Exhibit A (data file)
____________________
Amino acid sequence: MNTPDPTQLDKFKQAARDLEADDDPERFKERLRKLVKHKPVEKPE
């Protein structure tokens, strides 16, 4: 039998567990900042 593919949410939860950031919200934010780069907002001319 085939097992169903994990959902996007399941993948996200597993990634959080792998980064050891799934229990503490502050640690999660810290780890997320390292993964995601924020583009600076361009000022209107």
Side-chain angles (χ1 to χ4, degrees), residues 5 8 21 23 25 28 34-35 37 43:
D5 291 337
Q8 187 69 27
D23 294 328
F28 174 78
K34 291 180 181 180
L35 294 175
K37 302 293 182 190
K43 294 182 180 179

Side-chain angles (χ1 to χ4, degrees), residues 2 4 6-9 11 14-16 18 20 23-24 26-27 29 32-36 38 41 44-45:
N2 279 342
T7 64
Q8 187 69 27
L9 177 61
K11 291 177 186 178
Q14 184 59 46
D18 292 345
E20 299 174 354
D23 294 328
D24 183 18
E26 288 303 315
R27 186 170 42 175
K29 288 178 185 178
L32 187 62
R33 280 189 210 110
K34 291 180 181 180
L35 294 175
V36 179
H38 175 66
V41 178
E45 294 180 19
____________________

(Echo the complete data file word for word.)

Amino acid sequence: MNTPDPTQLDKFKQAARDLEADDDPERFKERLRKLVKHKPVEKPE
């Protein structure tokens, strides 16, 4: 039998567990900042 593919949410939860950031919200934010780069907002001319 085939097992169903994990959902996007399941993948996200597993990634959080792998980064050891799934229990503490502050640690999660810290780890997320390292993964995601924020583009600076361009000022209107």
Side-chain angles (χ1 to χ4, degrees), residues 5 8 21 23 25 28 34-35 37 43:
D5 291 337
Q8 187 69 27
D23 294 328
F28 174 78
K34 291 180 181 180
L35 294 175
K37 302 293 182 190
K43 294 182 180 179

Side-chain angles (χ1 to χ4, degrees), residues 2 4 6-9 11 14-16 18 20 23-24 26-27 29 32-36 38 41 44-45:
N2 279 342
T7 64
Q8 187 69 27
L9 177 61
K11 291 177 186 178
Q14 184 59 46
D18 292 345
E20 299 174 354
D23 294 328
D24 183 18
E26 288 303 315
R27 186 170 42 175
K29 288 178 185 178
L32 187 62
R33 280 189 210 110
K34 291 180 181 180
L35 294 175
V36 179
H38 175 66
V41 178
E45 294 180 19